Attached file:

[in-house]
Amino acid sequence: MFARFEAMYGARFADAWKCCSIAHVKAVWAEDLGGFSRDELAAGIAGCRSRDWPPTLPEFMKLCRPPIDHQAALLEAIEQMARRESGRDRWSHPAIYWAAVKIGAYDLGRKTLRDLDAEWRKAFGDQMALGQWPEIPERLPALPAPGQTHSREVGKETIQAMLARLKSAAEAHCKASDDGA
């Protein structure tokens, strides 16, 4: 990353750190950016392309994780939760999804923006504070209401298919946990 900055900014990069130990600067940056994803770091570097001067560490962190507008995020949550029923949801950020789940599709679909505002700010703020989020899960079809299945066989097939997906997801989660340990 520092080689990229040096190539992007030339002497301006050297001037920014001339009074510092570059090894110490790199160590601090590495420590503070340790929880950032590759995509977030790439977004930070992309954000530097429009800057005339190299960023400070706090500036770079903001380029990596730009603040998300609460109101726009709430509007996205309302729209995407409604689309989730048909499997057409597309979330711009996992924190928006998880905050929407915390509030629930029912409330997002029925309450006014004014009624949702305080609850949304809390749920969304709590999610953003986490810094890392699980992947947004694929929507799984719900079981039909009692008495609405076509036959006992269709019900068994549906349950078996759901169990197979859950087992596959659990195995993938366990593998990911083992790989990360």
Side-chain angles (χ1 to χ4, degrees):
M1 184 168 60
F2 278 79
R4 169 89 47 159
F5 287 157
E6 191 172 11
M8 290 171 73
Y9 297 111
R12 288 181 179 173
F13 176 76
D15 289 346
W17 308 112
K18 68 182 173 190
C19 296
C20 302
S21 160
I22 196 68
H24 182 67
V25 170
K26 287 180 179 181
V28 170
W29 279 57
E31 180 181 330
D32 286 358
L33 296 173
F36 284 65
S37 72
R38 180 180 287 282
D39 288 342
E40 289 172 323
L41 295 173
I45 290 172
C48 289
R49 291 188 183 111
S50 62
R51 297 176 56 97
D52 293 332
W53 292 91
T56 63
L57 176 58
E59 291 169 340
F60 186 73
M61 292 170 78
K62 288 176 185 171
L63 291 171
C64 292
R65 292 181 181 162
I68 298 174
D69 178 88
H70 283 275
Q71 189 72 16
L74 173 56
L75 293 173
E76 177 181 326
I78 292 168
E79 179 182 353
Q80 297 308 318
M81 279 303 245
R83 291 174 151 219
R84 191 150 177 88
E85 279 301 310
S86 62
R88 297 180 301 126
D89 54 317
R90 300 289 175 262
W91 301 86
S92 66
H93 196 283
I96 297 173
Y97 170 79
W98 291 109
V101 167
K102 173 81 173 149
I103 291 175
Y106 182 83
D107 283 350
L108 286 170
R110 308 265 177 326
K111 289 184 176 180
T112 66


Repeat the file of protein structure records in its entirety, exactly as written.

[in-house]
Amino acid sequence: MFARFEAMYGARFADAWKCCSIAHVKAVWAEDLGGFSRDELAAGIAGCRSRDWPPTLPEFMKLCRPPIDHQAALLEAIEQMARRESGRDRWSHPAIYWAAVKIGAYDLGRKTLRDLDAEWRKAFGDQMALGQWPEIPERLPALPAPGQTHSREVGKETIQAMLARLKSAAEAHCKASDDGA
């Protein structure tokens, strides 16, 4: 990353750190950016392309994780939760999804923006504070209401298919946990 900055900014990069130990600067940056994803770091570097001067560490962190507008995020949550029923949801950020789940599709679909505002700010703020989020899960079809299945066989097939997906997801989660340990 520092080689990229040096190539992007030339002497301006050297001037920014001339009074510092570059090894110490790199160590601090590495420590503070340790929880950032590759995509977030790439977004930070992309954000530097429009800057005339190299960023400070706090500036770079903001380029990596730009603040998300609460109101726009709430509007996205309302729209995407409604689309989730048909499997057409597309979330711009996992924190928006998880905050929407915390509030629930029912409330997002029925309450006014004014009624949702305080609850949304809390749920969304709590999610953003986490810094890392699980992947947004694929929507799984719900079981039909009692008495609405076509036959006992269709019900068994549906349950078996759901169990197979859950087992596959659990195995993938366990593998990911083992790989990360």
Side-chain angles (χ1 to χ4, degrees):
M1 184 168 60
F2 278 79
R4 169 89 47 159
F5 287 157
E6 191 172 11
M8 290 171 73
Y9 297 111
R12 288 181 179 173
F13 176 76
D15 289 346
W17 308 112
K18 68 182 173 190
C19 296
C20 302
S21 160
I22 196 68
H24 182 67
V25 170
K26 287 180 179 181
V28 170
W29 279 57
E31 180 181 330
D32 286 358
L33 296 173
F36 284 65
S37 72
R38 180 180 287 282
D39 288 342
E40 289 172 323
L41 295 173
I45 290 172
C48 289
R49 291 188 183 111
S50 62
R51 297 176 56 97
D52 293 332
W53 292 91
T56 63
L57 176 58
E59 291 169 340
F60 186 73
M61 292 170 78
K62 288 176 185 171
L63 291 171
C64 292
R65 292 181 181 162
I68 298 174
D69 178 88
H70 283 275
Q71 189 72 16
L74 173 56
L75 293 173
E76 177 181 326
I78 292 168
E79 179 182 353
Q80 297 308 318
M81 279 303 245
R83 291 174 151 219
R84 191 150 177 88
E85 279 301 310
S86 62
R88 297 180 301 126
D89 54 317
R90 300 289 175 262
W91 301 86
S92 66
H93 196 283
I96 297 173
Y97 170 79
W98 291 109
V101 167
K102 173 81 173 149
I103 291 175
Y106 182 83
D107 283 350
L108 286 170
R110 308 265 177 326
K111 289 184 176 180
T112 66